Contrary to what you might have heard, it’s not always better to buy a home than rent one. Yes, building equity in a home and watching it rise in value is one of the best financial moves you can make. But home values don’t always go up — and if you’re stuck in a mortgage you can’t afford, it can lead to a downward spiral of problems that might put you in a deep financial hole.
Right now, those mortgages are very expensive. Mortgage rates have more than doubled in recent years to about 7.5% — their highest point in more than two decades, according to the St. Louis Fed — while average home prices continue to hover near all-time highs.
Jessica Lautz, deputy chief economist at the National Association of Realtors, recently noted the typical monthly loan payment on a median-priced home of $413,500 would be $2,270, based on a mortgage rate of 7.31%. For a newly built median-priced home of $430,300, the monthly mortgage payment would be $2,362.
Rents aren’t exactly cheap, either. The median national rent price stood at $2,052 a month in August 2023, according to Rent.com — only slightly less than the record monthly price of $2,054 set a year earlier.
Given the high price of housing these days, it’s more important than ever to determine whether you are better off buying or renting. Here are five things to consider:
The amount of money you have saved up for a down payment can play a major part in whether to buy or rent a home. Ideally, you will have enough saved up to put 20% down on a new home. Paying 20% down can benefit you in multiple ways, such as reducing the mortgage loan’s interest rate, lowering the cost of monthly mortgage payments and eliminating the need for private mortgage insurance. If you need to scramble to put as little as 5% down, then you should probably rent rather than buy.
The 30% Rule
In case you aren’t familiar with this rule, it basically means that housing costs should never take up more than 30% of your household income. For example, if your household income is $5,000 a month, then you should spend no more than $1,500 a month on housing. That’s a tough ask these days, with housing prices so high. When deciding on whether to buy or rent a home, research your local market to find out which option makes it easier to stick to the 30% rule based on your income and budget.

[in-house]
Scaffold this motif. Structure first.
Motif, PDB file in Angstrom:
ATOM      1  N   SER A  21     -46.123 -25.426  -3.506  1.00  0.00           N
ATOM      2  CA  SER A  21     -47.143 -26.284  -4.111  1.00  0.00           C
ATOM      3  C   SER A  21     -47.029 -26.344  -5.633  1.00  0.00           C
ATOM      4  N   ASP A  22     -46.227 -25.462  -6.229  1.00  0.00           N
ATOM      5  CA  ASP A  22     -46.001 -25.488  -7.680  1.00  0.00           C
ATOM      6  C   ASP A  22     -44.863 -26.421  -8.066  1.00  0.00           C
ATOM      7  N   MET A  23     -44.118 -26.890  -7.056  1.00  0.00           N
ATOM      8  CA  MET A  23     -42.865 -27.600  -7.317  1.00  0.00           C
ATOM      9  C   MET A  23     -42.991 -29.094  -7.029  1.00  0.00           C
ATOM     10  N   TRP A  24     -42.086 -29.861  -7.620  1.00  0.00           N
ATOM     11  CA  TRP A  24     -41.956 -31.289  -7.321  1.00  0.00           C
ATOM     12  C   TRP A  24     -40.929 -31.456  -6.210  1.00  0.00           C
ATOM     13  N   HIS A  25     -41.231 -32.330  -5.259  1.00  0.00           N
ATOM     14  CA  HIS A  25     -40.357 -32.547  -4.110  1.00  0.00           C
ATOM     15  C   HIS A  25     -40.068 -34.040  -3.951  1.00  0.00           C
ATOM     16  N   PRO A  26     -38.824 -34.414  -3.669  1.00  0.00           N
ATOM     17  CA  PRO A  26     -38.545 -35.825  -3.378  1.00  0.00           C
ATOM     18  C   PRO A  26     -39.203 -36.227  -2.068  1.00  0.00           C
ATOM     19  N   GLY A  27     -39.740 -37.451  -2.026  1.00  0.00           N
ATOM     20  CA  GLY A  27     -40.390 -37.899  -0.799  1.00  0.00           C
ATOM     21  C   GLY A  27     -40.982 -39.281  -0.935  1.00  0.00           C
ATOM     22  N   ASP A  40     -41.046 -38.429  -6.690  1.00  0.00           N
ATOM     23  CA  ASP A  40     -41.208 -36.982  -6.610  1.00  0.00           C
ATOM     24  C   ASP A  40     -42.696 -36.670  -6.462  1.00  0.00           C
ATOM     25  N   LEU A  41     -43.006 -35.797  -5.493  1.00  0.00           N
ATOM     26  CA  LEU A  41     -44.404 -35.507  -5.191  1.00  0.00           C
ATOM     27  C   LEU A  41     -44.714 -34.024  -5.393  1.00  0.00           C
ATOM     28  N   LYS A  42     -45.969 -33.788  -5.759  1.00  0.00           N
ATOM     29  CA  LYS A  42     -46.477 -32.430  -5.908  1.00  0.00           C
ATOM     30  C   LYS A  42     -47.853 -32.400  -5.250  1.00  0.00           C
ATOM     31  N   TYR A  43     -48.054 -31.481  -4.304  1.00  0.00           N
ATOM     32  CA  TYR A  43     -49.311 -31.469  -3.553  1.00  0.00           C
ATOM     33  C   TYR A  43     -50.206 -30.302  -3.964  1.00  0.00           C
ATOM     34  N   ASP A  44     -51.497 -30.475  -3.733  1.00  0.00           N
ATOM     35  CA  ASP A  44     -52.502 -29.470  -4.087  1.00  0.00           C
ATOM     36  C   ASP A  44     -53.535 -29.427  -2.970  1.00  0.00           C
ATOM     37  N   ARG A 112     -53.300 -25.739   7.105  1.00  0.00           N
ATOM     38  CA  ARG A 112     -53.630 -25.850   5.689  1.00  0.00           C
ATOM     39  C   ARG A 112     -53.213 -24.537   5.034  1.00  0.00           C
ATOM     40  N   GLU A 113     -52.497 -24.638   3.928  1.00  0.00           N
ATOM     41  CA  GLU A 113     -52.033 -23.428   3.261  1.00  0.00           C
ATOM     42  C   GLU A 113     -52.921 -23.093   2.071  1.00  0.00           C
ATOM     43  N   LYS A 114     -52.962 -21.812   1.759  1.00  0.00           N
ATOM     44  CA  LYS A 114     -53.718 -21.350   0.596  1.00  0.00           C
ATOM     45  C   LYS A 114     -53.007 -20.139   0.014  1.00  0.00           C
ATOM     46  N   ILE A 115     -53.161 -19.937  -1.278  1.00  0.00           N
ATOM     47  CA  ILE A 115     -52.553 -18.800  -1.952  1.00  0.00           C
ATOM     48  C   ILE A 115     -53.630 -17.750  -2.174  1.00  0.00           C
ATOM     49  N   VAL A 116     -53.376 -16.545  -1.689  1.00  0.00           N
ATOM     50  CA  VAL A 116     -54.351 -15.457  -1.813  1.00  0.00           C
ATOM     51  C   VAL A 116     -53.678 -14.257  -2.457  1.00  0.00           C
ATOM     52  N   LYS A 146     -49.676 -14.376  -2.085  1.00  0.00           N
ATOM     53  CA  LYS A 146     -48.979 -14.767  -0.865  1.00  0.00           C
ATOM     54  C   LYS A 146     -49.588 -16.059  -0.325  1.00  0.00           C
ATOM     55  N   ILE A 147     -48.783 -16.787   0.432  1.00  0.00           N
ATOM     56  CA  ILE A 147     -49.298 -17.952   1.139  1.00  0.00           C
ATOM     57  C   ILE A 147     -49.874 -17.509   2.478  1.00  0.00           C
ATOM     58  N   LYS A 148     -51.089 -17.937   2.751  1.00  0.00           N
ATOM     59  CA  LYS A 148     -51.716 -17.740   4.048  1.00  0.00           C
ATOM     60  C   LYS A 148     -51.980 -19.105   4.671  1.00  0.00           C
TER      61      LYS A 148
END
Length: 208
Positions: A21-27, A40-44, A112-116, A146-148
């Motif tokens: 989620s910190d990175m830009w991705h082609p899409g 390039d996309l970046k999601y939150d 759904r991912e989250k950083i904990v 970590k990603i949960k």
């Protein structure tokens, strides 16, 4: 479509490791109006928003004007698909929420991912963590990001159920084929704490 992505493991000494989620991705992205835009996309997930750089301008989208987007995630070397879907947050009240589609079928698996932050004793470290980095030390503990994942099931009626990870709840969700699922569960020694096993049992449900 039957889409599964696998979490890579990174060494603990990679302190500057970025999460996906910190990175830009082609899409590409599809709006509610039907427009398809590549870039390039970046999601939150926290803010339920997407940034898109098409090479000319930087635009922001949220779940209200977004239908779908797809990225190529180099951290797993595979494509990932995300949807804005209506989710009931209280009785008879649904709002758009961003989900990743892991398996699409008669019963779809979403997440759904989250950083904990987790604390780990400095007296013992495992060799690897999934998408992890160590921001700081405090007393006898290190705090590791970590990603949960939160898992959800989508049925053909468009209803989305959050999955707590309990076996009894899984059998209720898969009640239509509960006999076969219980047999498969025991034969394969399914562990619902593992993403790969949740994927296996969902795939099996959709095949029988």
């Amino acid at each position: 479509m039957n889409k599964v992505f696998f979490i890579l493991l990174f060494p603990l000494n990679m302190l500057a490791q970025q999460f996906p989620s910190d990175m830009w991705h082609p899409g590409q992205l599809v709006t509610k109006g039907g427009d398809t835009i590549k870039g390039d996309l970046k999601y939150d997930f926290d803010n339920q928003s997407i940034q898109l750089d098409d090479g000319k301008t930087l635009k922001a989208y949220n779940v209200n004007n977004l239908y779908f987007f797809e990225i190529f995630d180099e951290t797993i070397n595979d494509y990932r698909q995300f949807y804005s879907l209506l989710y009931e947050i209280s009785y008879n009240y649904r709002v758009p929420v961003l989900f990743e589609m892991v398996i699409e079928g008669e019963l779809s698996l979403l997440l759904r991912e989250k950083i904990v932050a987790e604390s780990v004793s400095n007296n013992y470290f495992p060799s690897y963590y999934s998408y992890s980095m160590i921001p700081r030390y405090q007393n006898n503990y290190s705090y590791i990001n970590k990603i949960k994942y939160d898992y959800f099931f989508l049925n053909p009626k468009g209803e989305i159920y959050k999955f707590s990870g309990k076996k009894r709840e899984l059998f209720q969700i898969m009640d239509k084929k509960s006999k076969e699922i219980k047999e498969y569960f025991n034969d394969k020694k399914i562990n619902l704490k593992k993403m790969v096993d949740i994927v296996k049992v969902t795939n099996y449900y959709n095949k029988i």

Although average mortgage rates are high, they aren’t the same for everyone. Buyers with high credit scores will get better terms from lenders, meaning they can probably get a loan well below the average rates. In contrast, those with low credit scores will likely pay much higher than the average rate. If your FICO score is below 670 – meaning it is no better than “fair” – then you probably won’t get good loan terms and are better off renting until your score goes up.
Local Market Conditions
Some markets are more suited to buyers than renters, and vice versa. For example, cities in and around California’s Silicon Valley rank among the most expensive to buy a home, CBS News reported. San Jose is the city where it’s most expensive to buy vs. rent, with the typical home payment 165% higher than the typical rent payment, according to Redfin. The median estimated monthly mortgage payment for homebuyers in San Jose is more than $11,000 vs. the median monthly rent of about $4,200.
That’s a huge difference. If your budget doesn’t allow for a big monthly mortgage payment, then you are better off renting and putting whatever money you save into a fund for a future down payment.
Where you work can play a big role in determining whether you should buy or rent a home. If you are among the rising number of Americans who can work remotely — and don’t need to be near your employer — then it might make sense to find a place where homes are affordable and you can begin building equity in a new home. But if you have to commute to work every day, you’ll need to consider whether renting or owning is the better option based on local prices and your budget.
Even if you work on-site now, consider whether your employer will offer more remote opportunities in the future. As of July 2023, 12.7% of full-time employees in the U.S. worked from home, Forbes reported. That percentage is expected to rise to 22% by 2025. If you think you’ll be able to work remotely in the next few years, it might be better to keep renting until a remote work opportunity lets you buy a home in a more affordable market.